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Grab a Private-Sector Partner

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John Welzenbach

Public/private partnerships have long served as viable avenues to achieve tangible results for state and local taxpayers. As we head further into the 21st century, technology will play a bigger role in making public/private initiatives work.

iv class="article-quote2">

John Welzenbach

Public/private partnerships have long served as viable avenues to achieve tangible results for state and local taxpayers. As we head further into the 21st century, technology will play a bigger role in making public/private initiatives work.

Access to technology is often the main objective of some of the most innovative public/private- partnership efforts. Take South Carolina, for example.

“Like many other states, we work with a private portal vendor in having our services available through a business-to-consumer portal on the Web,” says South Carolina CIO Jim Bryant. “Anybody can enter through the portal and go, say, straight to the Department of Natural Resources and buy hunting or fishing licenses. The portal vendor, NIC, represents me and the state of South Carolina in all of our e-government initiatives.”

The Palmetto State also has a public/private effort to obtain network infrastructure. “We in South Carolina have a broadband network — perhaps the most robust in the nation — that we’ve outsourced to Spirit and AT&T. Our working relationship with these companies is very close,” Bryant says.

Some states partner with retailers, such as Wal-Mart, Kmart, Dick’s Sporting Goods and Jiffy Lube, to give citizens a convenient option for buying a sporting license or registering their car when they shop at those stores.

“If there’s an opportunity for us to partner with a private-sector entity — rather than trying to recreate the wheel — it only makes sense,” says Nebraska CIO Brenda Decker. She says the state’s private partners “are in the business of actually providing the technology that we need in order to more effectively deliver services to our constituents.”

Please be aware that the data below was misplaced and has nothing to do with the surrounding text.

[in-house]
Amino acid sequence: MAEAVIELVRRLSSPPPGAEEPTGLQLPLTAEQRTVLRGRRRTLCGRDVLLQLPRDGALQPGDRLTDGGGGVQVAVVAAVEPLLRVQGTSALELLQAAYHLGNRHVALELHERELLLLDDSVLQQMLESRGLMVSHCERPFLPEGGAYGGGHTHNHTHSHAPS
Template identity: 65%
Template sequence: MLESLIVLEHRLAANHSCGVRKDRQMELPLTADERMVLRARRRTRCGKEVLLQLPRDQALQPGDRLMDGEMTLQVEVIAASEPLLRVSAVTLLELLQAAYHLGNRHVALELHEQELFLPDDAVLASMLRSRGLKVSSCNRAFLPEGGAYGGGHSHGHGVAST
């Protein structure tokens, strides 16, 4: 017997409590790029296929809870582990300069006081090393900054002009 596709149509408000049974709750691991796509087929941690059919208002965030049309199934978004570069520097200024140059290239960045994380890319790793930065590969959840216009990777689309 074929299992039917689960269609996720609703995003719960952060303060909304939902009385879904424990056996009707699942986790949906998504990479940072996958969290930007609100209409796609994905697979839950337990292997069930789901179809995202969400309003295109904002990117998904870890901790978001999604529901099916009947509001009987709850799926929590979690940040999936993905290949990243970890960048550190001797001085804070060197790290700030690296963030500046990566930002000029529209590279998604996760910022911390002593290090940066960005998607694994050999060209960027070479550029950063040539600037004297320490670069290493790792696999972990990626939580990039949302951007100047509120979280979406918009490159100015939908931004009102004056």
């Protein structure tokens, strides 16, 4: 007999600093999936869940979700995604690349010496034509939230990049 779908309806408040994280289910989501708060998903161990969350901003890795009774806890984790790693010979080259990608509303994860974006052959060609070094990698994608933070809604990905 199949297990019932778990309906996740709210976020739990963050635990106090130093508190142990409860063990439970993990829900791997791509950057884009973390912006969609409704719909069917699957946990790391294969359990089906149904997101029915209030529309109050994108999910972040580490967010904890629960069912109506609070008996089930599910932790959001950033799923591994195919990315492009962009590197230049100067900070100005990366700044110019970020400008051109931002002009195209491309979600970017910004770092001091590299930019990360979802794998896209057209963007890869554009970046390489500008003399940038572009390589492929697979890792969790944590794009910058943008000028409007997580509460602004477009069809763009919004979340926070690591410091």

Many factors drive the vital need for public/ private partnerships in advanced technology — and the parameters upon which they’re established.

“Frequently, states have provisions saying they have to use ‘proven’ technologies,” says Rick Norment, executive director of the National Council for Public-Private Partnerships in Washington. “But since technology changes so rapidly, by the time it’s ‘proven’ to be effective and useful, it’s also out of date. So a public/private partnership sometimes provides the public sector an opportunity to access and use more-advanced technologies than their own procurement system might allow.”

There’s also an essential element of risk that a private entity can help a government entity overcome. “You don’t want government agencies going out and investing big chunks of money on something that just might not work,” Norment says. The risks should be shared or completely assumed by the private sector.

“The private sector will take a risk on a new technology with the hope that it will get a significant return on its investment. That’s where the public sector can benefit enormously from a public/private partnership.”

Good food for thought from a keen observer of public/private partnerships.

Forging Successful Partnerships

The National Council for Public-Private Partnerships delineates the keys to successful public/private partnerships, large or small:

  • Political leadership: Are there statutes in place and political leaders — the governor, mayor or other highly placed officials — who support the idea behind the public/private partnership?
  • Public-sector involvement: You don’t simply sign a contract and walk away. Set performance standards and enforce them.
  • A well thought-out plan: The contract must be performance-oriented rather than design-oriented. Don’t tell the private sector how to build the technological wonder; just specify the functionality it must provide.
  • Dedicated income stream: The private-sector entity has to have a regular conduit to be able to collect its money from the venture, such as a fee basis for a Web-portal-transaction arrangement.
  • Communication with stakeholders: Establish and maintain clear communication with all who are affected by the public/private venture.
  • The right partner: Choose a partner based on competence, financial wherewithal and, especially, proven technical experience.

Jim Shanks is executive vice president and former CIO of CDW.

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Mar 27 2008

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